In every purchase, everyone is entitled to always ask for the receipt. Contrary to this, the law states that official receipts must be issued for the following transactions: (1) sales merchandise or services of the transaction amount exceeds P25, (2) transactions by VAT registered businesses, and (3) payment for rentals, commissions, compensation or fees. Hence, you must not wonder why some business doesn’t give a receipt to their consumers.

There is a 20% final tax on all payments made to the franchisor (including initial franchise fee) and should be withheld by the franchisee.

The above condition is based on Section 24 (B) of Republic Act No. 8424 or the NIRC. Also, under NIRC’s Section 57 (A), the franchisee is the “payor” and is considered as the withholding agent. With this, the franchisee must withhold the equivalent of 20% from amounts paid as franchise fees or royalties.

To receive royalties, the business must generally obtain copyright or patent and is bounded by a contract. Hence, if the franchisee failed to withhold and remit this tax, the franchisee may be subject to criminal or civil penalties under the NIRC.

Businesses must withhold the income tax on the salaries of their employees and remit these to the BIR.

As stated in Section 79 of the NIRC, the tax on salaries compensation income of an individual does not exceed the statutory minimum wage or P5,000/month (changes applied due to TRAIN). Hence, the Annual Income Tax Return (ITR). Any employer who has withheld taxes from employees that exceeded the required amount must refund it to the employee.

As an entrepreneur, knowing the basic law is important. You cannot turn a blind eye or say that you do not know anything when talking about legalities. Having a business is not only about money-making, or managing your business, it is a responsibility that you need to do. 

Remember that being aware of the basic legal rules and regulations in business will help you avoid any penalties or conflict upon running a business.

Common Tax Questions and Examples

To further understand how the franchise tax works here in the Philippines, here is an example.

A member of the Association of Filipino Franchisers Incorporated and a franchisor himself, receive royalties that are subjected to a 20% final tax. Now, is it possible for him to avoid this specific tax?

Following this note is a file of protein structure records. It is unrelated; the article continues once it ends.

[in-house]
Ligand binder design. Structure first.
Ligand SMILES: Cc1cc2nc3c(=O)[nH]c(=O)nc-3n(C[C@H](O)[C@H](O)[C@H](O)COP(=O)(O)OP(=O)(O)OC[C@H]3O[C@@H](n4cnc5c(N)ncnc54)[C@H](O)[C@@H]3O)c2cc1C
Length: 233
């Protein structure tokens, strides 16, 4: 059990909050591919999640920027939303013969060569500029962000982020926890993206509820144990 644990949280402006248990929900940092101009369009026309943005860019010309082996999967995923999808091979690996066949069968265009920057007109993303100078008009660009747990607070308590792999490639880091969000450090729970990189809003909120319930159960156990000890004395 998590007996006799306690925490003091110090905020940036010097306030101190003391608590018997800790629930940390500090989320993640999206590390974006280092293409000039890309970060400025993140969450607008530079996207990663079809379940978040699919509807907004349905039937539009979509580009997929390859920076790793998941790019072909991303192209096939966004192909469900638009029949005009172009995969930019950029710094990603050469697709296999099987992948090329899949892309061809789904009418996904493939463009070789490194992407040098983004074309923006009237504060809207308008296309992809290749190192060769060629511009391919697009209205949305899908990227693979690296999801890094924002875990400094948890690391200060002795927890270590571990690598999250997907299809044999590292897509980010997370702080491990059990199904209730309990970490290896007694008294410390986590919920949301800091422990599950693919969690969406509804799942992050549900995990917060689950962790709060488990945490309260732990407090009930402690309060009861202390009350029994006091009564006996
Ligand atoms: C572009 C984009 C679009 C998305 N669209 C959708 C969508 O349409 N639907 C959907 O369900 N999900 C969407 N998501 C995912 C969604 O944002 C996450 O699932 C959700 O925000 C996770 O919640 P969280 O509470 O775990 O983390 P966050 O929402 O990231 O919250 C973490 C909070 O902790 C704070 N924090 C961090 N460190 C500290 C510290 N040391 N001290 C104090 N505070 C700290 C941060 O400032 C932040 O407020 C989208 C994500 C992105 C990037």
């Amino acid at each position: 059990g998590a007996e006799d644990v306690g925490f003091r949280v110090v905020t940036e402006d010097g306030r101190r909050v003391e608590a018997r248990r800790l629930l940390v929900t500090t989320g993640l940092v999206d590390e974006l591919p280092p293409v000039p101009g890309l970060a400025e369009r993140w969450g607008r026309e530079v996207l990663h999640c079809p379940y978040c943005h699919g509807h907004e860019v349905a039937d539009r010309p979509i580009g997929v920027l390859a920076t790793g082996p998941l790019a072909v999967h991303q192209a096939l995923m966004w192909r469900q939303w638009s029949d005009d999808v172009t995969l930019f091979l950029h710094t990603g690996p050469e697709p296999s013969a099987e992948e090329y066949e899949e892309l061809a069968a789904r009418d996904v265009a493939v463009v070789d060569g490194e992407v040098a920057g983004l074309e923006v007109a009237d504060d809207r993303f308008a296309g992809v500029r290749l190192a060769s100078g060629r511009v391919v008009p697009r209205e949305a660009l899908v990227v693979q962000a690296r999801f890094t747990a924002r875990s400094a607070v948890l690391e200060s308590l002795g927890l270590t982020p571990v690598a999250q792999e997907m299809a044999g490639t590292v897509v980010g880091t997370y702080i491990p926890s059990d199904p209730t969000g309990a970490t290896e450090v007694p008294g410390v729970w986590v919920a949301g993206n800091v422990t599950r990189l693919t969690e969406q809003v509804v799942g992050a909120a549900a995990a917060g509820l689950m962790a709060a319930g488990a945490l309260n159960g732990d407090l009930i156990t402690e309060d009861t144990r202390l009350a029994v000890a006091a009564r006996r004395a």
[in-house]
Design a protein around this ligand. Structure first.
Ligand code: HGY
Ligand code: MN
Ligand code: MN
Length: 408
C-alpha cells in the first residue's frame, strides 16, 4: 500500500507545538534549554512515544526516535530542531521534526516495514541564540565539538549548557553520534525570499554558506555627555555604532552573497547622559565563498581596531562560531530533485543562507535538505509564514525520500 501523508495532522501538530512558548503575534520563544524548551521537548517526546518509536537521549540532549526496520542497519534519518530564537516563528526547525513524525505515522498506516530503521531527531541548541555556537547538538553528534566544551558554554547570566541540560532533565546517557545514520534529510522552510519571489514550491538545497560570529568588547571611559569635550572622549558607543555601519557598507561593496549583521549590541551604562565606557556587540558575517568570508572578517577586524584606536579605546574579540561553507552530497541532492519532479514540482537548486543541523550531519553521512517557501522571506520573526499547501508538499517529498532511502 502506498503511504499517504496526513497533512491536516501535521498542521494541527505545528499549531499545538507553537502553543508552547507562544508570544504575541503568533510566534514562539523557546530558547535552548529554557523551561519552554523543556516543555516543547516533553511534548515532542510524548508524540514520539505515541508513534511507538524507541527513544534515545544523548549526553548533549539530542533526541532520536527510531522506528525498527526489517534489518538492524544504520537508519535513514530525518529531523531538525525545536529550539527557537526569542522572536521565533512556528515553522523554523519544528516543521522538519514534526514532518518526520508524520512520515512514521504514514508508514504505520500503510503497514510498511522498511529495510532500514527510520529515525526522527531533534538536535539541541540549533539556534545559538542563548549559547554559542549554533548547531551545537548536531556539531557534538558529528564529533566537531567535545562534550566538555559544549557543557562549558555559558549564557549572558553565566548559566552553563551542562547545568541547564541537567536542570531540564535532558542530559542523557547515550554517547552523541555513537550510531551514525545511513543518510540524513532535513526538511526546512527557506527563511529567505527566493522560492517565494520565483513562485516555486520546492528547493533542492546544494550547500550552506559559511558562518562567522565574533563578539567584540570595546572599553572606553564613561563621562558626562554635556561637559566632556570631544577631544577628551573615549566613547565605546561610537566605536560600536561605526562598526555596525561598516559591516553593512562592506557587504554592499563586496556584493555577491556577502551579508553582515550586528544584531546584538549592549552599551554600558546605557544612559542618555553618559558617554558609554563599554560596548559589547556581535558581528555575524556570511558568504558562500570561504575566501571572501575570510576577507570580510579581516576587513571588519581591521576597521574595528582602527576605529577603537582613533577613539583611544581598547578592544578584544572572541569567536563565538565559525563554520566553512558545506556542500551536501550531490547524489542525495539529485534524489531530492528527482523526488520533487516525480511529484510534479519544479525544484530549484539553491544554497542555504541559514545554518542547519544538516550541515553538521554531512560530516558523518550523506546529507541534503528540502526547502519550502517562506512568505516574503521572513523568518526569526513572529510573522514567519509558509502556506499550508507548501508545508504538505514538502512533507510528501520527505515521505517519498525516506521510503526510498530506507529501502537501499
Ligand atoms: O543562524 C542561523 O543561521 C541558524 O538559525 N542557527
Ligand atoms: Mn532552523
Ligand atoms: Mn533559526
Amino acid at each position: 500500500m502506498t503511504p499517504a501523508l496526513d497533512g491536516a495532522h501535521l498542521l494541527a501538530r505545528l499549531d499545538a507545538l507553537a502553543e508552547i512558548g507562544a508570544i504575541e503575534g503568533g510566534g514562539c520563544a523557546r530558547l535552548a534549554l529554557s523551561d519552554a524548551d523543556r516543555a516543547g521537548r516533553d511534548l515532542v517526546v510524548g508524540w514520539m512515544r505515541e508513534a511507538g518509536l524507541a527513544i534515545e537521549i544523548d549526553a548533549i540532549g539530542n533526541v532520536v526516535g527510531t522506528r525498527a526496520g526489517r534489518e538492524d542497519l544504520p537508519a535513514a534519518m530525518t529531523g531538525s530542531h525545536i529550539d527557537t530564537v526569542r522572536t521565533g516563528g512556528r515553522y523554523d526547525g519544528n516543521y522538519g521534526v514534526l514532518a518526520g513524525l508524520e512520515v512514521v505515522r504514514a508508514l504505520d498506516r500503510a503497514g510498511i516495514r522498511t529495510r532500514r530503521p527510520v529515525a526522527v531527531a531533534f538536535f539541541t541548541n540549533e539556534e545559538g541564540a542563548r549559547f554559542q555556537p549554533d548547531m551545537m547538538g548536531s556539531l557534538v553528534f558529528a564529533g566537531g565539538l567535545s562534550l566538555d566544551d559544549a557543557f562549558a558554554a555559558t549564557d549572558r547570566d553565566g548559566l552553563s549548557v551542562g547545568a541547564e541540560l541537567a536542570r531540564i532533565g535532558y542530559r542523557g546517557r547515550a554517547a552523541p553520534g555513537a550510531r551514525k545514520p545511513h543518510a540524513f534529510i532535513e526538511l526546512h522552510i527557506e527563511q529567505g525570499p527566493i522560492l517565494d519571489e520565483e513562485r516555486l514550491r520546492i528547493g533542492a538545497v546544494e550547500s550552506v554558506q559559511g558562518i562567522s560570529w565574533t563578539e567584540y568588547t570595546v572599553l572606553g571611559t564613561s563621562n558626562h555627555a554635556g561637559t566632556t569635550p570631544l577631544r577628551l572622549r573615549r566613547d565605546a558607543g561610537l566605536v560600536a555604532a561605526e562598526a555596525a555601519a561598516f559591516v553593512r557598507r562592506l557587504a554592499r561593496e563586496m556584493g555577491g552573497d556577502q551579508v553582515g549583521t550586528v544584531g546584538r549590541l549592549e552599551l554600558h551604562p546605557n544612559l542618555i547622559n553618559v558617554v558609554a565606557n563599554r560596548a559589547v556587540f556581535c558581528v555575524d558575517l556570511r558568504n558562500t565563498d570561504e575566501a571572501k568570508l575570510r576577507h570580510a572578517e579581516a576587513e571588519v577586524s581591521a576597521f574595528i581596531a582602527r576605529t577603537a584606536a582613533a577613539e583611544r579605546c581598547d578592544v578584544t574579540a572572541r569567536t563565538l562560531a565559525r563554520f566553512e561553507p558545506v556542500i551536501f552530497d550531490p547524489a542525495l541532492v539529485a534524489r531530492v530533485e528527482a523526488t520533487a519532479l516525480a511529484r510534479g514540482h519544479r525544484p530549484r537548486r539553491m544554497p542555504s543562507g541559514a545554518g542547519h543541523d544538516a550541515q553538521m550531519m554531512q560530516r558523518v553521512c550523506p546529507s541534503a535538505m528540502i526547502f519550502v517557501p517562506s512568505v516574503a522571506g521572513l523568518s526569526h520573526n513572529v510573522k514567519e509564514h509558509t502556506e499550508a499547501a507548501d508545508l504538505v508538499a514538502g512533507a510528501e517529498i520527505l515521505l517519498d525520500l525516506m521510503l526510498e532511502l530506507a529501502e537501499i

The answer is yes. It can be recalled that the 20% final tax on royalties is mentioned under Section 24 (B) of the National Internal Revenue Code – it's Rate of Tax on Certain Passive Income.

Based on the case GR No. 160756, the Supreme Court upheld Bureau of Internal Revenue (BIR) Ruling DA-501-04 which states that "if the income is generated in the active pursuit and performance of the corporation's primary purpose, the same is not passive income."

Therefore, if the royalties earned are not considered passive income, they will only be subject to the regular corporate income tax, and not the 20% final tax.

Another, what if you franchise business from an overseas franchisor? Is there a withholding obligation on payments made to him/her?

Well, under the Philippine tax law, any income sourced from the Philippines by a foreign corporation is taxed at source. The regular corporate income tax is set at 30%, while royalties are charged at 20%. Given this, the franchisee must withhold the appropriate tax amount and pay it to BIR.

Moreover, foreign franchisors can choose and have more benefit from preferential tax treatment or lower tax rates if he/she is a resident of a country. This is only possible his current country has a bilateral or multilateral tax agreement with the Philippines or allows a reciprocal credit for taxes paid in the Philippines.

Conclusion

In a nutshell, the franchise tax in the Philippines works in a way that is similar to other countries or states. However, with certain provisions and the constitutional laws of the land, any entrepreneur must exert more effort and understanding this part of the business. It is a win-win situation after all. 

So, what do you think about this franchise tax scheme? A key takeaway is a fact that it is worth learning as a law-abiding entrepreneur in the country. It can save you from trouble and would make you feel at ease, knowing that you are doing the business right. Moreover, it can help the economy of the country and provide more opportunities for fellowmen.

Hoping this one helps you in your franchising journey. Check the latest franchise listings too!